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Jamie Lee Curtis Quotes

in Mindset

Jamie Lee Haden Guest

Jamie Lee Curtis quotes: about aging, assisting others, being sober, “yogurt work,” why she washes her own car, and more.

“We are all born worthy.  Worthy of love, worthy of success.”

“So, take what’s inside you and make big, bold choices and for those who can’t speak for themselves, use bold voices and make friends and love well, bring art to this place and make the world better for the whole human race.”

“If you have creative ideas and you don’t bring them out into the world in some way before you go, that is a tragedy.”

“Exchange the words ‘have to’ with ‘get to.’  Exchange the word ‘can’t’ with ‘unwilling.'”

“I believe that life is hard.  That we all are going to walk through things that are hard and challenging.”

“You can’t live a truthful life without regret.”

“Life is not supposed to be this calcified experience where you don’t change.”

“The system is only as good as the person programming it.  If you don’t have the follow-through, your system is useless.”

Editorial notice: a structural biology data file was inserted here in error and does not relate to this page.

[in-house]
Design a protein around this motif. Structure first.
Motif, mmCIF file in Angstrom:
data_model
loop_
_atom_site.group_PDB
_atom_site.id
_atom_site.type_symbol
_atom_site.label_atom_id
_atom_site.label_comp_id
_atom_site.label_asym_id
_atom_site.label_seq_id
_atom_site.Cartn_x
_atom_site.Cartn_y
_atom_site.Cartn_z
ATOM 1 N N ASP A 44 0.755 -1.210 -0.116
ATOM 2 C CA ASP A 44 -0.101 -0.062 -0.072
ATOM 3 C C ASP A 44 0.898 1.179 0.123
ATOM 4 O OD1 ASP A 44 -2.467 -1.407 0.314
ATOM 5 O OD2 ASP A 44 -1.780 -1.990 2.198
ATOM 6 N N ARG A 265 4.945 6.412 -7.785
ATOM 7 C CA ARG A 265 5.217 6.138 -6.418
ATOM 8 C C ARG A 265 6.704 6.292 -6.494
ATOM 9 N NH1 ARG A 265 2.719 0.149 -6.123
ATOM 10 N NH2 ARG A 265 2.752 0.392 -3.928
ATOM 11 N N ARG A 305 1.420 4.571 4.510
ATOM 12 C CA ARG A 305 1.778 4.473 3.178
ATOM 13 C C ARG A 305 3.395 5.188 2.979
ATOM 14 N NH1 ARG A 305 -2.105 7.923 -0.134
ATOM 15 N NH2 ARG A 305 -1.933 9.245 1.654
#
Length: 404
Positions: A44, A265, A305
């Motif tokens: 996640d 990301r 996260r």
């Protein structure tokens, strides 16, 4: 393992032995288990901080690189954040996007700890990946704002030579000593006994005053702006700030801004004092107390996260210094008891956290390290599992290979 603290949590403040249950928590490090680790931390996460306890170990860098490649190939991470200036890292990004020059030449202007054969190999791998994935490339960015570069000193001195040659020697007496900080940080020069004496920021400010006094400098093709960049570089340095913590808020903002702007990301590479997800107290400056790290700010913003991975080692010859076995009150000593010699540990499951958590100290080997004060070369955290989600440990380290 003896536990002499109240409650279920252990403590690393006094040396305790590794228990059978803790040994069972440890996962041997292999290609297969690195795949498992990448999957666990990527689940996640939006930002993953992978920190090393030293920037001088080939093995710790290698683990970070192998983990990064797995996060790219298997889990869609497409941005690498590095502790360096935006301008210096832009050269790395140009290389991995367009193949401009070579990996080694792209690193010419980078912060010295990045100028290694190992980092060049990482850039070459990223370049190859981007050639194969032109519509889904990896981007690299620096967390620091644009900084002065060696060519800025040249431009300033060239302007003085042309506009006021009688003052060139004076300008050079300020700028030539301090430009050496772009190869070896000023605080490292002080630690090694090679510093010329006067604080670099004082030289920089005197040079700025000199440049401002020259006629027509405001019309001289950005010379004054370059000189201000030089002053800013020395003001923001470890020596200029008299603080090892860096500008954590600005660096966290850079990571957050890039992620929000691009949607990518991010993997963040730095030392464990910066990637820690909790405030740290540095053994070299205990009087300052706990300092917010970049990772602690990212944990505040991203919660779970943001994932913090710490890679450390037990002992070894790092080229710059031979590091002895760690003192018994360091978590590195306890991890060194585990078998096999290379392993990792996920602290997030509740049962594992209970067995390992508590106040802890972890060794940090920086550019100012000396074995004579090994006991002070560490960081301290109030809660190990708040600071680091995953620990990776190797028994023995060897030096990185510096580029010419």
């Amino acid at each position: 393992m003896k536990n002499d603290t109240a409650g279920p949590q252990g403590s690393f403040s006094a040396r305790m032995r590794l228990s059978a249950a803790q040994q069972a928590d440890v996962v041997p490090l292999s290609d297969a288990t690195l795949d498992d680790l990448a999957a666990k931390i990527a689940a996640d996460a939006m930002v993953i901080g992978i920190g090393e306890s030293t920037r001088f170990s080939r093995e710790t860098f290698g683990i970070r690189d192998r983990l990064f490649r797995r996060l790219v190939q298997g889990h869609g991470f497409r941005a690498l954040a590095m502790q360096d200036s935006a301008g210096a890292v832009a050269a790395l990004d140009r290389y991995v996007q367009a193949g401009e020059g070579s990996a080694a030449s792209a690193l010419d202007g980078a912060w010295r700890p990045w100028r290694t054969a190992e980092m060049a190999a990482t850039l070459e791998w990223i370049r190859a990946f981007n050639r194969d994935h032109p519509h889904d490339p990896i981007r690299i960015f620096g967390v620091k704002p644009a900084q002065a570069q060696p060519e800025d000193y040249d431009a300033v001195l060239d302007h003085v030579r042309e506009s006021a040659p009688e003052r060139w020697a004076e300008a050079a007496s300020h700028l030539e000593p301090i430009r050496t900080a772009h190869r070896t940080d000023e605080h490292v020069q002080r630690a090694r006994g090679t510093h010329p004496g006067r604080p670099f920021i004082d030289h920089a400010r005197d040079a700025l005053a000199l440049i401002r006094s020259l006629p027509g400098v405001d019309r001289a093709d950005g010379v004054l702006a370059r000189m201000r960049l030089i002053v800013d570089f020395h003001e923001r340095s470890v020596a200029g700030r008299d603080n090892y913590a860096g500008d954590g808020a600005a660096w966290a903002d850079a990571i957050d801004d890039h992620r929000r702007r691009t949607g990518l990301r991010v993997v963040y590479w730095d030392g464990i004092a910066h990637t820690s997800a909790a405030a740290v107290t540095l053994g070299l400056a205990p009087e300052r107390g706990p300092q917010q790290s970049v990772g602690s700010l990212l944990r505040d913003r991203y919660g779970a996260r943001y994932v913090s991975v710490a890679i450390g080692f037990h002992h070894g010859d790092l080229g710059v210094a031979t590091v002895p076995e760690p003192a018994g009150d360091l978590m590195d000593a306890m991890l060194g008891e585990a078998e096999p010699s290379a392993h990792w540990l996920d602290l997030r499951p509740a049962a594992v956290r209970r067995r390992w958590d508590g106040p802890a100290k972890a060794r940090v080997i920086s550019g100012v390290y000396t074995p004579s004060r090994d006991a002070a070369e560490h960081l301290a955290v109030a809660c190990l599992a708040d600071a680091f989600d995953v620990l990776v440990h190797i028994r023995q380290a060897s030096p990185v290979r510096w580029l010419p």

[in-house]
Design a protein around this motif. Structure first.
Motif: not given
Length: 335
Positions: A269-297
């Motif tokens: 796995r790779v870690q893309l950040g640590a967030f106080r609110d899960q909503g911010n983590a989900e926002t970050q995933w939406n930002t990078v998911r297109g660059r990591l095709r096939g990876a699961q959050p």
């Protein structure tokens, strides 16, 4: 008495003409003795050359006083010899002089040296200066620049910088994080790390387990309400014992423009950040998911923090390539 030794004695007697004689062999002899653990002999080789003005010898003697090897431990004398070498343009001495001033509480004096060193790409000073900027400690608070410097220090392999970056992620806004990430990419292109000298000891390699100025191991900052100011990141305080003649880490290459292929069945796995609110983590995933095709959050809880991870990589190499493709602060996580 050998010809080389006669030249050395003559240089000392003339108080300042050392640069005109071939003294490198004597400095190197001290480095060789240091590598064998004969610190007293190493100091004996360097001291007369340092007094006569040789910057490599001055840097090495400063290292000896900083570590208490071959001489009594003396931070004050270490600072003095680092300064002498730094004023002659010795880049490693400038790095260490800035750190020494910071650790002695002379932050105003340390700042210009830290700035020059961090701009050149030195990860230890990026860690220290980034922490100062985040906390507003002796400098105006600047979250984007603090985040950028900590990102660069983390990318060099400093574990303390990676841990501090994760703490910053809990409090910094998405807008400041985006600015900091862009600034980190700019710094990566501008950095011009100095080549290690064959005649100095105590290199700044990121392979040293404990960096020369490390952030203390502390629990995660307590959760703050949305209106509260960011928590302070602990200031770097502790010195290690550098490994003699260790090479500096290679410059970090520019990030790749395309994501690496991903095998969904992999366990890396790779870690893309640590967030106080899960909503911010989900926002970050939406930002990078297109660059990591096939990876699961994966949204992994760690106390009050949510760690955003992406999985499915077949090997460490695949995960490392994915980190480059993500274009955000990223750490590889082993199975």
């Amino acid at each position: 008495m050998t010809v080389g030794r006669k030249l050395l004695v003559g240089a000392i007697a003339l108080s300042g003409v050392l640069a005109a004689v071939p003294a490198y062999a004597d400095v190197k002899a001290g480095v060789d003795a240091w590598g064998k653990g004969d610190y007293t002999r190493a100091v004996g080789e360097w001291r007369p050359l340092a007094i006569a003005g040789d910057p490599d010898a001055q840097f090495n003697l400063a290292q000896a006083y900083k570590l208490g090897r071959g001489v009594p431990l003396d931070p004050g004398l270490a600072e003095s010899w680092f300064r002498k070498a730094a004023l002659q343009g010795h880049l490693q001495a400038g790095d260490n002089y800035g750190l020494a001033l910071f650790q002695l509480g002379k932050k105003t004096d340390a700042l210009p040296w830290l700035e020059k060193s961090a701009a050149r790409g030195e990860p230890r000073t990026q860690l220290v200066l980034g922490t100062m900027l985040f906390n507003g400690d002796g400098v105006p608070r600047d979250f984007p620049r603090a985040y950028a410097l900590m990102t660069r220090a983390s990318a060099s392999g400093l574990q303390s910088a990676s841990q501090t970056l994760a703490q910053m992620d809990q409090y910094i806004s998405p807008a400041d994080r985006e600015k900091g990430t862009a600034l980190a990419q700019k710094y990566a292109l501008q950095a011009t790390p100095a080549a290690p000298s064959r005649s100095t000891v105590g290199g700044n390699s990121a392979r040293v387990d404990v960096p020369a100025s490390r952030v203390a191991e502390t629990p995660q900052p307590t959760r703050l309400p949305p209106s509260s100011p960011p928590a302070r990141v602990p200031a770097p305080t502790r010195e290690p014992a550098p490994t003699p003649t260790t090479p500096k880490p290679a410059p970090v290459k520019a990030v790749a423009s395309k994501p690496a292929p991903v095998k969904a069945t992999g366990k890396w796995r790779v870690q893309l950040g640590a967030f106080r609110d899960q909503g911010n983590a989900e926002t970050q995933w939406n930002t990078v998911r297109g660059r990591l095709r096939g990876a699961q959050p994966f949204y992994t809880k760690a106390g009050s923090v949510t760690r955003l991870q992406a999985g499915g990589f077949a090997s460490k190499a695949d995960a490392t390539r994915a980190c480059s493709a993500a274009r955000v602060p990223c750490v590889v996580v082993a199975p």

“Recovery is an acceptance that your life is in shambles and you have to change it.”

“Don’t judge a book by its cover till you’ve read the book.”

“Stay on the bus.  The scenery will change.  You think you’re having a bad week, but stay on the bus, because one of these days you’ll look out the window and it’ll be beautiful.  I think it can apply to almost anything where you feel unhappy in that moment.”

“You just have to know that you’re gonna wake up in the morning and something is going to happen.”

“Life hinges on a couple seconds you never see coming.  What you do in those seconds determines everything from then on, and you won’t know what you’re going to do until you’re there.  That is my fundamental sort of living example – life is going to hinge.  You have to just be aware, alive and evolved enough to be able to pivot because it’s going to pivot you.  Be ready for life to hinge on you.”

“The more I like me, the less I want to pretend to be other people.”

“My mom said I was a handful.  Now… I’m helpful.”

“I’m a human being who lives a flawed, contradictory life.  And I have all sorts of problems and all sorts of successes.”

“I was a cheerleader in high school.  And cheerleaders are really only there when your team is losing, to bring energy and support . I’ve always taken that role in whatever work I do.”

“I think the bottom line is that the older you get, you realize that really none of it matters.  If you like to do the work, you do it with integrity.  You are not jaded about the hustle.  You are very clear.”

“I actually think there’s an incredible amount of self-knowledge that comes with getting older.  I feel way better now than I did when I was 20.  I’m stronger, I’m smarter in every way, I’m so much less crazy than I was then.”